I took a risk during the Halloween freeze and left my plants out to endure the cold night. The bet paid off and the mild weather since then has allowed the last of my tomatoes to vine ripen and a few more peas to grow. But now the time has come for me to clean up my garden for the winter. While doing so, I reflected on the past growing season and realized that I’ve learned some valuable lessons.
1. Kids actually get excited about gardening.
I’ve heard a lot about how much kids love to garden and get really excited about seeing where food comes from. I assumed this hype was all inflated idealism spawned from parent’s denial over their own children’s love of video games. BUT it’s actually true. The kids that live in a condo across the alley from my apartment slipped over almost every morning to check out progress on the garden. It was really neat to see how they treasured the tomatoes I let them pick and how excited they became when they realized that they could eat the leaves growing in various pots. Their enthusiasm was very gratifying.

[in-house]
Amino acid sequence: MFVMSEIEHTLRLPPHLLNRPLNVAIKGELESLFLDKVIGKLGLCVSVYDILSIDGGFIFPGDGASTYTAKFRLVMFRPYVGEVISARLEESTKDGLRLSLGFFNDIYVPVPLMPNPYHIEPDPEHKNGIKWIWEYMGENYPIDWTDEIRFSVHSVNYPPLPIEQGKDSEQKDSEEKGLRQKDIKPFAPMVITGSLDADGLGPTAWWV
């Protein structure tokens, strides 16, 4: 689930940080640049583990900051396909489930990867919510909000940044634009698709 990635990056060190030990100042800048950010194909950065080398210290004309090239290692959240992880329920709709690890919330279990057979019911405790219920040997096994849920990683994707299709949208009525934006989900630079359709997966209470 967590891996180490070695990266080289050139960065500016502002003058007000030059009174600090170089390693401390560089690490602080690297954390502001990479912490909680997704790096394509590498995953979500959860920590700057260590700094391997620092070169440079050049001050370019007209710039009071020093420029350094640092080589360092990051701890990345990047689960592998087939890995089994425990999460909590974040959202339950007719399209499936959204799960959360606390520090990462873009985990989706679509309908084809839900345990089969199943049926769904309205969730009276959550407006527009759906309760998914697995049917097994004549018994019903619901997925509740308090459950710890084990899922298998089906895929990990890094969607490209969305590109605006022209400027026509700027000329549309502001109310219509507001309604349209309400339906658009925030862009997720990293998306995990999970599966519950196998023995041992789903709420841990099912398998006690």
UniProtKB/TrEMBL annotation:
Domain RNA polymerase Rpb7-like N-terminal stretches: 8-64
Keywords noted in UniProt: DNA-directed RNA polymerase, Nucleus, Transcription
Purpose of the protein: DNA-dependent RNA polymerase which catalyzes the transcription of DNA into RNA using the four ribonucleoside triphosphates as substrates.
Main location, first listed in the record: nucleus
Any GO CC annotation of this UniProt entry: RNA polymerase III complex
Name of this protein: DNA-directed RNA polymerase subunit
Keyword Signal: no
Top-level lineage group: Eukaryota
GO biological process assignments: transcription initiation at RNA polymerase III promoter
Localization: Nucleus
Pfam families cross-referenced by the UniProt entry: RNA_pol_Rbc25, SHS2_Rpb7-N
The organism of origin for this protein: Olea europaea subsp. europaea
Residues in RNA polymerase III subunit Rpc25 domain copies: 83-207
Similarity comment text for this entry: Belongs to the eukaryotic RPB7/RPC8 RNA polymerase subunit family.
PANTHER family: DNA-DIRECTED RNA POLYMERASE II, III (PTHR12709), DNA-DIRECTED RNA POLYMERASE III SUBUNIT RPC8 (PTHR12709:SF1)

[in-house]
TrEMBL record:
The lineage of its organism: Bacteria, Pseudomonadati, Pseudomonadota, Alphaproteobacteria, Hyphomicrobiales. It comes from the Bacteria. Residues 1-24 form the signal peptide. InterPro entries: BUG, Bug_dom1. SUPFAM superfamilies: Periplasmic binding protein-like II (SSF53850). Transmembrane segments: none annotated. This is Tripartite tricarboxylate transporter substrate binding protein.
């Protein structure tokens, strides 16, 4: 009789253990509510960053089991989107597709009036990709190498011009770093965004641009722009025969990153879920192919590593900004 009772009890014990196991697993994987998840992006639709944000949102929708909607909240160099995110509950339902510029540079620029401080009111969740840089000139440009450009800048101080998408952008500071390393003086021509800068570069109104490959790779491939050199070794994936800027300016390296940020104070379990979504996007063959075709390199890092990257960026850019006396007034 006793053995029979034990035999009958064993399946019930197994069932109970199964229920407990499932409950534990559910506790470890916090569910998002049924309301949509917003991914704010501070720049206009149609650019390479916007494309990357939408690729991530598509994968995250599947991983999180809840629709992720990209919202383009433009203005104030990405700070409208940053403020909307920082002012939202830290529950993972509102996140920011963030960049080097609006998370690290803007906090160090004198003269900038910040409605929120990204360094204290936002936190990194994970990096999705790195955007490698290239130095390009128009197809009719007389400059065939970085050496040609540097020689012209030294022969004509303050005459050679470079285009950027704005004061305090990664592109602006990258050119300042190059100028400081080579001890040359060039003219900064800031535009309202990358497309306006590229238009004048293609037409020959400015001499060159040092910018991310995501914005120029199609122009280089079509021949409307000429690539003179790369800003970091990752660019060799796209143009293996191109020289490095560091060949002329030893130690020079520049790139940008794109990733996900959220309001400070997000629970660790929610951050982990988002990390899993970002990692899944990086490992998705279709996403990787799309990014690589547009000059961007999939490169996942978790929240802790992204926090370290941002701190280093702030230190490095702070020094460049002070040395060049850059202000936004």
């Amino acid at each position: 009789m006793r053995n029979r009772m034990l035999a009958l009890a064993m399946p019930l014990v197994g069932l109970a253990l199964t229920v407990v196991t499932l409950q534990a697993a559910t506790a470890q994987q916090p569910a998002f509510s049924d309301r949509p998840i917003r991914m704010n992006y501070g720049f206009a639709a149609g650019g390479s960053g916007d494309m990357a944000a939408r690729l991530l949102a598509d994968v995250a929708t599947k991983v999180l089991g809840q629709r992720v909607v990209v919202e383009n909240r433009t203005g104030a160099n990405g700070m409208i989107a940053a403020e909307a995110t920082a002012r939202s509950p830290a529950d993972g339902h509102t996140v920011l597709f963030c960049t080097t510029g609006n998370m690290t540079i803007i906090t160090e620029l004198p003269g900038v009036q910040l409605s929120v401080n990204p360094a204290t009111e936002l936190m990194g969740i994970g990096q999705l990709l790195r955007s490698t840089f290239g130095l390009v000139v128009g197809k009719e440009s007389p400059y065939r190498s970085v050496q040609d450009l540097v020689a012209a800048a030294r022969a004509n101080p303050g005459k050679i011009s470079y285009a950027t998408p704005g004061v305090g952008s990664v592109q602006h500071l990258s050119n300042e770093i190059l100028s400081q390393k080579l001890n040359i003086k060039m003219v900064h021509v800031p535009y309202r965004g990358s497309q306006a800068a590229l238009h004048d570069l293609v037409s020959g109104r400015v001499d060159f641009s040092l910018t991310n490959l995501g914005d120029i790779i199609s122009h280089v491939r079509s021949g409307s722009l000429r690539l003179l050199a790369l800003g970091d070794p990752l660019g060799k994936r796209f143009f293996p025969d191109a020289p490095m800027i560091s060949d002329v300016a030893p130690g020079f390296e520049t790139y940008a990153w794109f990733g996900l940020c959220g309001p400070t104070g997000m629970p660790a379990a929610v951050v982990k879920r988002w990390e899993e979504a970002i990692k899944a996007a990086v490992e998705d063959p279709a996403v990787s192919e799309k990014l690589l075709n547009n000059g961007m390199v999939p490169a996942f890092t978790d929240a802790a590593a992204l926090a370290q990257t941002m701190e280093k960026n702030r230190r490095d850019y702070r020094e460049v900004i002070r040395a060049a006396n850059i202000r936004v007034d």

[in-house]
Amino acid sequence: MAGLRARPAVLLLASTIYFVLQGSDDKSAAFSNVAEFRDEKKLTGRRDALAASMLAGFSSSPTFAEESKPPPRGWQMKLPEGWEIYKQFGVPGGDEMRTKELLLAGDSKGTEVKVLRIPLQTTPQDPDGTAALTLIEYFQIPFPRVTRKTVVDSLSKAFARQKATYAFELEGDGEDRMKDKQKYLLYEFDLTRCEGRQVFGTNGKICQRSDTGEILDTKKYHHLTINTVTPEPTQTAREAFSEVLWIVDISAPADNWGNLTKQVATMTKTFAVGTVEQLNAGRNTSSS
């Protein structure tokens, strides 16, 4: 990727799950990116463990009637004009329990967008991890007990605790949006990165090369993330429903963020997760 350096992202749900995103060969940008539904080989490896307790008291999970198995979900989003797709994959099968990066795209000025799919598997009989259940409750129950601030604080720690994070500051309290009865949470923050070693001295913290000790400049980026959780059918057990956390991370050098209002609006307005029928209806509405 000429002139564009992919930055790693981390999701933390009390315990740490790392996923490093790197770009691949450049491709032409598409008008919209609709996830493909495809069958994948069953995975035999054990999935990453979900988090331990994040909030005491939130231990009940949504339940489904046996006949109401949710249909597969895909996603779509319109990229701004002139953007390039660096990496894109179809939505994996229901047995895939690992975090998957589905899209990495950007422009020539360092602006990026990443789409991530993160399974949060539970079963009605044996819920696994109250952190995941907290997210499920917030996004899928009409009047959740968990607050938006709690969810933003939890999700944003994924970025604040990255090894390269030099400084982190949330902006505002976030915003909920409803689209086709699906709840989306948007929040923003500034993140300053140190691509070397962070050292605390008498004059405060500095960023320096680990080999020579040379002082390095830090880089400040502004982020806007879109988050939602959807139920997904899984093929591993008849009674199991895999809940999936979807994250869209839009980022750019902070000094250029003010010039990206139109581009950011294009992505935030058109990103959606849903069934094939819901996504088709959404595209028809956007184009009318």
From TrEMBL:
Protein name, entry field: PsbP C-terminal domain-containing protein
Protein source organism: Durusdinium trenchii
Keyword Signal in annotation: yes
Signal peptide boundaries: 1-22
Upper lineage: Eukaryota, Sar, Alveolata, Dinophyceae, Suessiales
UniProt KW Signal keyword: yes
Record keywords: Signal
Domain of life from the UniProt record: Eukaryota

2. Grow more lettuce.
Last spring I wasn’t very excited about planting greens. Lettuce popping of the soil just didn’t have the same thrill for me as the idea of homegrown tomatoes. However, my gardening space is tiny. I managed to produce about 10 tomatoes and 4 peppers at the end of the season. This was lovely, but not a huge payoff for the investment. My pot of letus however produced enough greens for me to enjoy a freshly grown side salad once a week or so; a much better reward for my efforts. Lesson learned, next year I’m upping the greens.
3. Hot pepper deters mammals
Squirrels and rats seemed to make it their life’s mission this summer to dig up my garden beds. Sadly there is no such thing as a squirrel or rat scarecrow and I didn’t want to poison the furry creatures. Surprisingly, sprinkling the hottest chili powder I could find at my local Indian grocery store in the dirt around my plants did the trick. The look on the squirrel’s face the first time he went rooting around the capsaicin-laden soil made me feel a bit bad. I’ve accidentally requested the extra spicy dish at my favorite Indian restaurant, and understood his pain. However, he came out of the experience uninjured and no woodland creatures attempted to dig holes in my garden since.
Share with us lessons you’ve learned over the last year.